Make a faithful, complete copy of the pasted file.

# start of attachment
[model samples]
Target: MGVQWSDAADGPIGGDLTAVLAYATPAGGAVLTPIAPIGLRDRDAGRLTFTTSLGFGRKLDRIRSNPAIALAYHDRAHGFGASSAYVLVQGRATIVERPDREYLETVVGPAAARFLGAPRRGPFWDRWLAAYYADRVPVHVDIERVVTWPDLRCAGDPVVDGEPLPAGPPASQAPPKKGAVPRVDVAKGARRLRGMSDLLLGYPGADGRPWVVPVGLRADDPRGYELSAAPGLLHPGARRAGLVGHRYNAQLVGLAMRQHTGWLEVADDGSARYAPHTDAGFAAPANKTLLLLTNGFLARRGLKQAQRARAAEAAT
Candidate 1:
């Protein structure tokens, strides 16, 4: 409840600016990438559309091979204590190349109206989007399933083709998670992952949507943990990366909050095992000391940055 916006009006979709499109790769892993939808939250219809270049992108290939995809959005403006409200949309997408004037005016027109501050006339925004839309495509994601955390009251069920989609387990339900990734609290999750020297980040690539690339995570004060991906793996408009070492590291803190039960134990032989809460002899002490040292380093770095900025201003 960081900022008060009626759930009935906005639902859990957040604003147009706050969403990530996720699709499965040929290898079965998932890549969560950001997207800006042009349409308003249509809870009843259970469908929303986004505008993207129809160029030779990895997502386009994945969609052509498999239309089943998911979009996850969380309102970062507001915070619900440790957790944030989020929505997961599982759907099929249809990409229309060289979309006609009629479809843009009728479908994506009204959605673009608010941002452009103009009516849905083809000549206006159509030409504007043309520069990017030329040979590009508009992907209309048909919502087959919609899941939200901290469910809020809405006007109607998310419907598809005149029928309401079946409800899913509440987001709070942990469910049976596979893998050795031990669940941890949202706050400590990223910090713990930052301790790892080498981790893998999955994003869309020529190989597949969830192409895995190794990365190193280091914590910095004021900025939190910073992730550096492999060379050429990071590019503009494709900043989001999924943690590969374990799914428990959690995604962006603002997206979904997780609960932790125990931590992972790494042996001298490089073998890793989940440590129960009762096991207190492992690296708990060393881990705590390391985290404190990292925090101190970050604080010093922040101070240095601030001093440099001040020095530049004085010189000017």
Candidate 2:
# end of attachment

[model samples]
Target: MGVQWSDAADGPIGGDLTAVLAYATPAGGAVLTPIAPIGLRDRDAGRLTFTTSLGFGRKLDRIRSNPAIALAYHDRAHGFGASSAYVLVQGRATIVERPDREYLETVVGPAAARFLGAPRRGPFWDRWLAAYYADRVPVHVDIERVVTWPDLRCAGDPVVDGEPLPAGPPASQAPPKKGAVPRVDVAKGARRLRGMSDLLLGYPGADGRPWVVPVGLRADDPRGYELSAAPGLLHPGARRAGLVGHRYNAQLVGLAMRQHTGWLEVADDGSARYAPHTDAGFAAPANKTLLLLTNGFLARRGLKQAQRARAAEAAT
Candidate 1:
């Protein structure tokens, strides 16, 4: 409840600016990438559309091979204590190349109206989007399933083709998670992952949507943990990366909050095992000391940055 916006009006979709499109790769892993939808939250219809270049992108290939995809959005403006409200949309997408004037005016027109501050006339925004839309495509994601955390009251069920989609387990339900990734609290999750020297980040690539690339995570004060991906793996408009070492590291803190039960134990032989809460002899002490040292380093770095900025201003 960081900022008060009626759930009935906005639902859990957040604003147009706050969403990530996720699709499965040929290898079965998932890549969560950001997207800006042009349409308003249509809870009843259970469908929303986004505008993207129809160029030779990895997502386009994945969609052509498999239309089943998911979009996850969380309102970062507001915070619900440790957790944030989020929505997961599982759907099929249809990409229309060289979309006609009629479809843009009728479908994506009204959605673009608010941002452009103009009516849905083809000549206006159509030409504007043309520069990017030329040979590009508009992907209309048909919502087959919609899941939200901290469910809020809405006007109607998310419907598809005149029928309401079946409800899913509440987001709070942990469910049976596979893998050795031990669940941890949202706050400590990223910090713990930052301790790892080498981790893998999955994003869309020529190989597949969830192409895995190794990365190193280091914590910095004021900025939190910073992730550096492999060379050429990071590019503009494709900043989001999924943690590969374990799914428990959690995604962006603002997206979904997780609960932790125990931590992972790494042996001298490089073998890793989940440590129960009762096991207190492992690296708990060393881990705590390391985290404190990292925090101190970050604080010093922040101070240095601030001093440099001040020095530049004085010189000017």
Candidate 2: